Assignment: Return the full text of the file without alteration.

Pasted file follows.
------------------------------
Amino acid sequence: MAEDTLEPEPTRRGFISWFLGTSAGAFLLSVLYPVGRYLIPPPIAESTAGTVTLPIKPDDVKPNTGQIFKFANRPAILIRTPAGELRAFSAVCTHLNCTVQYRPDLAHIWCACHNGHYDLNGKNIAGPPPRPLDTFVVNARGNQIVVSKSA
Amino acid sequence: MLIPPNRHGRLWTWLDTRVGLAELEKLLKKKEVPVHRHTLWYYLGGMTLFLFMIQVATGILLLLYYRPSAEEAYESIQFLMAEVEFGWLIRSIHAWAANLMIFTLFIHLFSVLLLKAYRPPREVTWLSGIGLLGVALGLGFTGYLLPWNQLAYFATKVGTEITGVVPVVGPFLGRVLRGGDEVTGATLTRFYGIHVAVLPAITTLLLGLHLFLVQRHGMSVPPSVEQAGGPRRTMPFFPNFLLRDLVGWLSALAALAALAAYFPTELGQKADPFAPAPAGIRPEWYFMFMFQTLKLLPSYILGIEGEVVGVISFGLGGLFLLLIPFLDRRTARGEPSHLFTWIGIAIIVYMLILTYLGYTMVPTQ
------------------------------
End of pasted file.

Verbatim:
Amino acid sequence: MAEDTLEPEPTRRGFISWFLGTSAGAFLLSVLYPVGRYLIPPPIAESTAGTVTLPIKPDDVKPNTGQIFKFANRPAILIRTPAGELRAFSAVCTHLNCTVQYRPDLAHIWCACHNGHYDLNGKNIAGPPPRPLDTFVVNARGNQIVVSKSA
Amino acid sequence: MLIPPNRHGRLWTWLDTRVGLAELEKLLKKKEVPVHRHTLWYYLGGMTLFLFMIQVATGILLLLYYRPSAEEAYESIQFLMAEVEFGWLIRSIHAWAANLMIFTLFIHLFSVLLLKAYRPPREVTWLSGIGLLGVALGLGFTGYLLPWNQLAYFATKVGTEITGVVPVVGPFLGRVLRGGDEVTGATLTRFYGIHVAVLPAITTLLLGLHLFLVQRHGMSVPPSVEQAGGPRRTMPFFPNFLLRDLVGWLSALAALAALAAYFPTELGQKADPFAPAPAGIRPEWYFMFMFQTLKLLPSYILGIEGEVVGVISFGLGGLFLLLIPFLDRRTARGEPSHLFTWIGIAIIVYMLILTYLGYTMVPTQ